Stay Curious!

How to eliminate temporary tables in MySQL

I’ve written before about how to make MySQL replication reliable. One thing I think you need to do to make statement-based replication reliable is eliminate temporary tables. I found an elegant way to replace temporary tables with real tables in the systems I maintain. This article explains how.

The problem

Temporary tables are anathema to reliable MySQL slave servers. If you have a temporary table and the slave crashes in between accesses to the temporary table, when you restart replication the temporary table no longer exists, and you are in trouble.

This is only a problem with statement-based replication, which is how MySQL replication works until version 5.1, which is currently in beta.

If you want to be able to stop and start slave servers at will (for backups, failover, etc) or recover smoothly from crashes, in my opinion you must completely eliminate temporary tables on the master. Note that I’m talking about true temporary tables created with CREATE TEMPORARY TABLE, not temporary tables created internally by MySQL for sorting or processing subqueries.

Properties of temporary tables

Temporary tables have some nice properties:

  • They are private to a connection. No other connection can see them, and there are no naming conflicts when many connections create temporary tables with the same name.
  • They go away by themselves when the connection closes, so you don’t have to clean up after crashed connections.

These are compelling reasons to use temporary tables for many purposes. However, these very properties have drawbacks:

  • Since they’re private to a connection, you can’t debug an application easily if you need to see the data it has generated and is working on.
  • Since they don’t persist after a connection closes, they cause problems with replication, as I mentioned.

Any good solution to the problems should ideally offer some of the benefits of temporary tables. Applications need to be able to avoid naming conflicts, and cleanup needs to be easy. And it would be nice to avoid the problems too – I’d like to see a connection’s data, and I’d like to avoid replication issues. Can all this happen? I think so, if you’re willing to give up a small amount of convenience, and if there are no privacy issues.

One possible solution

One common solution I’ve seen is to use real tables, which the application will drop when it’s finished. I call these “scratch tables” to distinguish them from temporary tables.

The usual advice is to create randomly named scratch tables in a database reserved for the purpose. This is a way to avoid naming conflicts, though you still have to check before you create your table, on the off chance there is a conflict. Cleanup should usually be handled by the application itself doing a DROP TABLE when it’s done, but in case it crashes or something else happens, you can just run a periodic job to delete all tables in the scratch database that are over some age (two hours would usually suffice for my applications).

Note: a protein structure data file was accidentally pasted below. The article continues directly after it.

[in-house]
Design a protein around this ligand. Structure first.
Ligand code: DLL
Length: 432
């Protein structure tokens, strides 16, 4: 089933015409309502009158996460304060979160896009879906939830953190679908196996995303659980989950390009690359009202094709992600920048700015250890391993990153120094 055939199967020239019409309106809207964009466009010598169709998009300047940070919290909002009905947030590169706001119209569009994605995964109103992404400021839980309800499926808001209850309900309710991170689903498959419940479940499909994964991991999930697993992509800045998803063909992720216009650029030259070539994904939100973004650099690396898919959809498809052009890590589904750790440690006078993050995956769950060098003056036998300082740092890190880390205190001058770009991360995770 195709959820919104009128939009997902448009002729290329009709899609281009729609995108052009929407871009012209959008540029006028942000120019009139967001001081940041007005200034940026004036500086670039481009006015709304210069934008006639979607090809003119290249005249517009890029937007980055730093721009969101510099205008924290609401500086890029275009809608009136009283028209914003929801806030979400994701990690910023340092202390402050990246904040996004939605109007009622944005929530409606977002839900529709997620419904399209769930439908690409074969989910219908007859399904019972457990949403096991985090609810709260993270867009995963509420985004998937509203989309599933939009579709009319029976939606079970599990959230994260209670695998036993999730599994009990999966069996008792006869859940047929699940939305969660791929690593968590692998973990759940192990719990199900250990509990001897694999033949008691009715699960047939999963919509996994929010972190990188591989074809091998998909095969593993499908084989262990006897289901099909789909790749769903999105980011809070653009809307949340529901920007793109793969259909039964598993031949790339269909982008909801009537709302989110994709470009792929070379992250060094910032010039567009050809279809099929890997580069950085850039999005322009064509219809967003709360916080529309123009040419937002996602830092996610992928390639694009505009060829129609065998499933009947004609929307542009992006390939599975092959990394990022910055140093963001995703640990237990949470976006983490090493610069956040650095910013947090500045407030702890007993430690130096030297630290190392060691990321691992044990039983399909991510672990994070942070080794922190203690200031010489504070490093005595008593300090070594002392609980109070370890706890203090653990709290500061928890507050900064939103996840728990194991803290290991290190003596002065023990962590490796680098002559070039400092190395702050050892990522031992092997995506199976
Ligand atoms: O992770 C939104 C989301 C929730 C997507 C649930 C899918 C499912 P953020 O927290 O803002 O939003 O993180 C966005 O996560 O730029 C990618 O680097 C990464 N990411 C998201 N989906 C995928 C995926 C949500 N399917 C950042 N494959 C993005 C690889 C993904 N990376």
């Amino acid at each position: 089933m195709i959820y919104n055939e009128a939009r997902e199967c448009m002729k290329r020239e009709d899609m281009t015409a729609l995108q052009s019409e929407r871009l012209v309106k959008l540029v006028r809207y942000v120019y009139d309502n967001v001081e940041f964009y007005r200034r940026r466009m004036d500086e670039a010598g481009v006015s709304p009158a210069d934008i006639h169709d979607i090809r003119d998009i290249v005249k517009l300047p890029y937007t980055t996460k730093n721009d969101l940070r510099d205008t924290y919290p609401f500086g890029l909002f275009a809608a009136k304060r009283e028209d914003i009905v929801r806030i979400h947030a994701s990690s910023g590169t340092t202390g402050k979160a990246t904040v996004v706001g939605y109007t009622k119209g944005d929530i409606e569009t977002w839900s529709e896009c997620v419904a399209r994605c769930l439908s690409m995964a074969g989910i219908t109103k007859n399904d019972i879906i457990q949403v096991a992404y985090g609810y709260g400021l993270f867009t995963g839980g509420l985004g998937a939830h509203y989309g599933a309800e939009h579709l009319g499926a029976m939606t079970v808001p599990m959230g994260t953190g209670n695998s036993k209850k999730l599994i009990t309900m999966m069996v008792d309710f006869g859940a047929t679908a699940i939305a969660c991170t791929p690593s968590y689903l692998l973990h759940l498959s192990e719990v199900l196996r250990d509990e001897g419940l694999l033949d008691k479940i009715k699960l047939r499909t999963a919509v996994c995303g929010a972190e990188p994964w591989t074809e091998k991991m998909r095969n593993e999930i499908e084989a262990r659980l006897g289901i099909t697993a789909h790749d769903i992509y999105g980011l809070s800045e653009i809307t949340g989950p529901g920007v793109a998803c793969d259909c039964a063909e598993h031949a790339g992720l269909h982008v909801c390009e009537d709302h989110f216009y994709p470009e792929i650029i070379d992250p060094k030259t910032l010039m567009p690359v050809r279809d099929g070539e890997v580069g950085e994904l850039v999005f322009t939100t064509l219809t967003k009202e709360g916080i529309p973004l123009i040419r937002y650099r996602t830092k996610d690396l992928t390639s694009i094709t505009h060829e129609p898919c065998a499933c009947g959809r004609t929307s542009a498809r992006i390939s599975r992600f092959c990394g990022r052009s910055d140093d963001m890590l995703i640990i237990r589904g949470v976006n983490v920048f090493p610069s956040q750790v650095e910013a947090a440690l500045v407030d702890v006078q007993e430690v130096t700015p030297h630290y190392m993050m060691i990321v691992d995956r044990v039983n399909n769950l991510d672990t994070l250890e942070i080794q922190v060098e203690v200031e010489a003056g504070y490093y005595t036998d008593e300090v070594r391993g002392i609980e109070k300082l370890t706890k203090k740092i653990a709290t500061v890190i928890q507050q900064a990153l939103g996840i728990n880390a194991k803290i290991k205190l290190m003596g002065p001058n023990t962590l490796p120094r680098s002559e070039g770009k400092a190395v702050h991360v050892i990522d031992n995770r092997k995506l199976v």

mysql-find can do the purging easily, so that’s no trouble. But there are some drawbacks to this method:

  • Randomly named tables, and checking for an existing table before creating, is a bit messy and is prone to race conditions.
  • Quick, which connection is using table d41d8cd98f00b204e9800998ecf8427e, and what is it used for? Suppose the application creates a scratch table of users, one of messages, and one of interests – what kind of table is that? I don’t know either.
  • I don’t like guessing when a table isn’t in use anymore. What if an application was running slowly because, for example, it’s talking to an API that’s responding slowly? Dropping its tables would be a bad thing to do.

My solution

I’ve solved all these problems by not naming tables randomly. Instead, I name scratch tables sensible names, just like normal tables, but I then append the connection ID to the table name. The resulting tables are named things like users_1234. This approach has some obvious benefits:

  • It’s easy to see what a table is for.
  • It’s easy to see which connection created the table.
  • The table name is guaranteed to be unique, since no two connections have the same ID (this is not true of UNIX process IDs if you have processes connecting from more than one host).
  • It’s really easy to generate the table name. Finding out your connection ID is trivial. In Perl, you can say $dbh ->{'mysql_thread_id'} on any database connection, and similar functionality exists for other programming languages. If you need to do it from within SQL, you can just use the CONNECTION_ID() function.
  • Finally, it’s really easy to know if a table is still in use.

That last point deserves a bit of explanation. You can run SHOW FULL PROCESSLIST and see a list of all current connections. If the number isn’t there, and you have the PROCESS privilege so you’re certain you can see all connections, the table is deadwood and should be pruned. I’m sure you saw this coming, but mysql-find can do all this for you, too; you just give it a regular expression pattern to capture the connection ID from the table name, and it takes care of the rest (including the privilege check):

mysql-find --pid '\D_(\d+)$' --exec_plus "DROP TABLE IF EXISTS %s"

Conclusion

What’s not to love?

  • Simple.
  • Elegant.
  • Solves world hunger.

Well, I’m still working on that last part…!

Posted on Fri, May 11, 2007. Approximately 900 Words.

Databases